The authors report no conflict of interest or relevant financial relationships.
Hospital-Based Perinatal Nurses Identify the Need to Improve Nursing Care of Adolescent Mothers
Article first published online: 17 MAY 2012
© 2012 AWHONN, the Association of Women's Health, Obstetric and Neonatal Nurses
Journal of Obstetric, Gynecologic, & Neonatal Nursing
Volume 41, Issue 3, pages 358–368, May/June 2012
How to Cite
Peterson, W. E., Davies, B., Rashotte, J., Salvador, A. and Trépanier, M.-J. (2012), Hospital-Based Perinatal Nurses Identify the Need to Improve Nursing Care of Adolescent Mothers. Journal of Obstetric, Gynecologic, & Neonatal Nursing, 41: 358–368. doi: 10.1111/j.1552-6909.2012.01369.x
- Issue published online: 17 MAY 2012
- Article first published online: 17 MAY 2012
- Manuscript Accepted: JAN 2012
- Association for Women's Health
- Obstetric and Neonatal Nurses (AWHONN) Canada
- Canadian Nurses Foundation (CNF)
- Dr. Barbara Davies’ Premier's Research Excellence Award (PREA)
- Faculty of Health Sciences
- University of Ottawa
- adolescent mothers;
- inpatient nursing care;
- perinatal nursing;
- quality of care;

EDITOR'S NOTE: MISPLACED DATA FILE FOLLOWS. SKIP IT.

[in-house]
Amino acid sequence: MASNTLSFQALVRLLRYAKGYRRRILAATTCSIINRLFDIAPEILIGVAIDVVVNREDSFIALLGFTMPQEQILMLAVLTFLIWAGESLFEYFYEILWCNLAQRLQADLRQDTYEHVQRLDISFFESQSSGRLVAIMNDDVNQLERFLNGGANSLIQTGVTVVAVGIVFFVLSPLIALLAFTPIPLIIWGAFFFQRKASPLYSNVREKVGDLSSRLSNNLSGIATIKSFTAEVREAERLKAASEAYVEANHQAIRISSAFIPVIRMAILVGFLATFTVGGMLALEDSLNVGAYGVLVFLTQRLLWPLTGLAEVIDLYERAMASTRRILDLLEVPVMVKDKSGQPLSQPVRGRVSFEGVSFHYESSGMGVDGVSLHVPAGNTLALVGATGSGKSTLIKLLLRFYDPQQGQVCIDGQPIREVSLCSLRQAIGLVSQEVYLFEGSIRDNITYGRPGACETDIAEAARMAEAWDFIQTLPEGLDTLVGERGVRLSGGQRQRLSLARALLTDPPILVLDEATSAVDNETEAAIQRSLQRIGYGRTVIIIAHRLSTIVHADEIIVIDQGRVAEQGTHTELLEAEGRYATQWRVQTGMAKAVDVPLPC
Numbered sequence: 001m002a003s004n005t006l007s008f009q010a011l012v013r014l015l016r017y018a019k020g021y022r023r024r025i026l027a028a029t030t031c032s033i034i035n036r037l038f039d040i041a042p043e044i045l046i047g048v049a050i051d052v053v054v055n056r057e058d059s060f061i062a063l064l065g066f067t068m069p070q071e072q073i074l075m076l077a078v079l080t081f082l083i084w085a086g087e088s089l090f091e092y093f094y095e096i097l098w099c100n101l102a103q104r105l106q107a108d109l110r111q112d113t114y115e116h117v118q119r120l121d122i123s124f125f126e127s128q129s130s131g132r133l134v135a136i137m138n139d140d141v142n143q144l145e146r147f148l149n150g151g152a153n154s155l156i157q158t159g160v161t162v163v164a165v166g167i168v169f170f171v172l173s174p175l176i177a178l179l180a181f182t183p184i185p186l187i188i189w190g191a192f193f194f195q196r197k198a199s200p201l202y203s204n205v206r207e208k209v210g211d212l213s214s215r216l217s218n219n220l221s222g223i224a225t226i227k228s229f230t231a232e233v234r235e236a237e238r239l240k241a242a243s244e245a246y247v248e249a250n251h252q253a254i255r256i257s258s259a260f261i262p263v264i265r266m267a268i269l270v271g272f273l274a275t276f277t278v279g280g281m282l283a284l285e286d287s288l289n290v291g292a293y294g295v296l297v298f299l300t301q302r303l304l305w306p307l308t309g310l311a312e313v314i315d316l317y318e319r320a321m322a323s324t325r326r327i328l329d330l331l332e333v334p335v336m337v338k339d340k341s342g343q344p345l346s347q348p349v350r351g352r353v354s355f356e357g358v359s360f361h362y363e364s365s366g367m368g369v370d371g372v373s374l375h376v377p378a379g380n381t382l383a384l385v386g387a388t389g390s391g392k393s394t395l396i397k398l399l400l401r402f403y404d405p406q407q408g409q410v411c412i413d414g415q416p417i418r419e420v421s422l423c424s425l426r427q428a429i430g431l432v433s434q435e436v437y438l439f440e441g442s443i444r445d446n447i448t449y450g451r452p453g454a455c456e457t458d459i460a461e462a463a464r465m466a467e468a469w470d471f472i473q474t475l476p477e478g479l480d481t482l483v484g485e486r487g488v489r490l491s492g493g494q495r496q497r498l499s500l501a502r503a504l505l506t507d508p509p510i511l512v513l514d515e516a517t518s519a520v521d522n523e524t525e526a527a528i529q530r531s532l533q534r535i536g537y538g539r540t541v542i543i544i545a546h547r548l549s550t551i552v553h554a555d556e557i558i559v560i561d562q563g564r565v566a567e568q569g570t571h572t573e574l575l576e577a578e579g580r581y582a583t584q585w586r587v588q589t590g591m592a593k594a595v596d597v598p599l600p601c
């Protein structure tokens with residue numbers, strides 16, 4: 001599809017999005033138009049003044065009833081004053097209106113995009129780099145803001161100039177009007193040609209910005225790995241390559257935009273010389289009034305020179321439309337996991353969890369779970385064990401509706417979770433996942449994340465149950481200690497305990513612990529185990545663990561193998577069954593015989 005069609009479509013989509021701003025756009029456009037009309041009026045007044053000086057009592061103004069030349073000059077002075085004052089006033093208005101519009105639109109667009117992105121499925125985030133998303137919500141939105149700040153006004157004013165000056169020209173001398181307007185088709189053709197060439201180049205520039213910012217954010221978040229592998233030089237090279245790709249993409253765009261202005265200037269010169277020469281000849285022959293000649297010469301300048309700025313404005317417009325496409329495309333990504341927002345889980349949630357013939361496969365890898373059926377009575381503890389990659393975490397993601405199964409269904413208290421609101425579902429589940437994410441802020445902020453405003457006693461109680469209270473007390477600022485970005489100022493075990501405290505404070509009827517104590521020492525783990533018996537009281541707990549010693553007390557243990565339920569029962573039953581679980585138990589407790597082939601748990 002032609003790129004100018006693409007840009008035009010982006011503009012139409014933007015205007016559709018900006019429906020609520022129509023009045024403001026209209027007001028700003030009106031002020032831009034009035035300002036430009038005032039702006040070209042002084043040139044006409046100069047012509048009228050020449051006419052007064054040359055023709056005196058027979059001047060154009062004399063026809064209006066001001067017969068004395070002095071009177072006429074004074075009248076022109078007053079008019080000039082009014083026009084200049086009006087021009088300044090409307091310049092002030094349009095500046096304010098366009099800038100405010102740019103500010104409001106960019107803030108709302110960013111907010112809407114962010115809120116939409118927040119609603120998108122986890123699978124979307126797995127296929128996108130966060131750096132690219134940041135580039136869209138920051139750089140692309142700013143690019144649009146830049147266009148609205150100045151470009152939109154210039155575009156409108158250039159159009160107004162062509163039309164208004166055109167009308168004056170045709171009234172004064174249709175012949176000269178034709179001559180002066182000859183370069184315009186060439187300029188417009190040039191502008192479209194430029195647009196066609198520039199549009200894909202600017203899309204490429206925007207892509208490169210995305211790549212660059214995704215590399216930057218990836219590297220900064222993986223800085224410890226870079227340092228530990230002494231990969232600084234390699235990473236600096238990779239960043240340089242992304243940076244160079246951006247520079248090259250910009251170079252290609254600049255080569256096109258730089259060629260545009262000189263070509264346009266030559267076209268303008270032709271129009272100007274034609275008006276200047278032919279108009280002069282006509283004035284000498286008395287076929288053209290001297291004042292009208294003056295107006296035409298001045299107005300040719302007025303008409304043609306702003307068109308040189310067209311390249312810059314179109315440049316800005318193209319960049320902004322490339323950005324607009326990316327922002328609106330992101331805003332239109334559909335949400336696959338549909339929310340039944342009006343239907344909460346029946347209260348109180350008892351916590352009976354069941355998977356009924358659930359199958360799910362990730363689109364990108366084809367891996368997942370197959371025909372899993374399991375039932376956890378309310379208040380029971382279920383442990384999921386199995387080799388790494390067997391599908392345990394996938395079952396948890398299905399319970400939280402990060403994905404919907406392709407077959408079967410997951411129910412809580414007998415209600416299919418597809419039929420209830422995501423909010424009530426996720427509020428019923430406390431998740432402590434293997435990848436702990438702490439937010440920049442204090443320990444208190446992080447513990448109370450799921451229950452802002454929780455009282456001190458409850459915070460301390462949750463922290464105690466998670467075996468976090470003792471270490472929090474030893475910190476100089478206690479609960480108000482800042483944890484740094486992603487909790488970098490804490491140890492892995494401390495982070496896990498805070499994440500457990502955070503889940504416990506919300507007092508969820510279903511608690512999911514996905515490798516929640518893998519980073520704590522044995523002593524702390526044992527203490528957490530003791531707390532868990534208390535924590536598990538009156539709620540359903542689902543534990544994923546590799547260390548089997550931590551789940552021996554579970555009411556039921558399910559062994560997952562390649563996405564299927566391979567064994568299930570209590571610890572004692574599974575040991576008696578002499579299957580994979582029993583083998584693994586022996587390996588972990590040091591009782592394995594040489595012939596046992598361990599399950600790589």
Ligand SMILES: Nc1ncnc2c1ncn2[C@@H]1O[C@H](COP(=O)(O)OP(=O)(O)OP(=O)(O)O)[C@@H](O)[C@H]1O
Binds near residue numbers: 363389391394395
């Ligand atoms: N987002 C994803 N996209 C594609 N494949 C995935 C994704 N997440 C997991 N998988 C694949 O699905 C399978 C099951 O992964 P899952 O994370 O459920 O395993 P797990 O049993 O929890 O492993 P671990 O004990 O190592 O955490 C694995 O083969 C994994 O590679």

- continuity of care;
- intrapartum care;
- postpartum care;
- key informant survey
To determine whether hospital-based perinatal nurses with expertise in adolescent mother-friendly care identify a need to improve inpatient nursing care of adolescent mothers and how well perinatal units support nurses’ capacity to provide adolescent mother-friendly care. Design/Setting/Participants: A key informant survey of nurses from eight perinatal units at three hospitals (four separate sites) in a Canadian city.
Perinatal nurses expert in the care of adolescent mothers were identified by their managers and colleagues. These nurses and all perinatal clinical educators were invited to participate. Twenty-seven of 34 potential key informants completed the survey.
Key informants rated their own skill in caring for adolescent mothers higher (median 8.0) than they rated the skill of other nurses (median 6.0) on their units. They attributed their expertise working with adolescent mothers to their clinical and life experiences and their ability to develop rapport with adolescents. A common reason for the assigned lower peer-group ratings was the judgmental manner in which some nurses care for adolescent mothers. Key informants also identified that hospital-based perinatal nurses lack adequate knowledge of community-based resources for adolescent mothers, educational programs related to adolescent mother-friendly care were insufficient, and policies to inform the nursing care of adolescent mothers were not available or known to them.
A minority of perinatal nurses have expertise in adolescent mother-friendly care. There is a need for perinatal unit-level interventions to support the development of nurses’ skills in caring for adolescent mothers and their knowledge of community-based resources. Peer mentoring and self-reflective practice are promising strategies.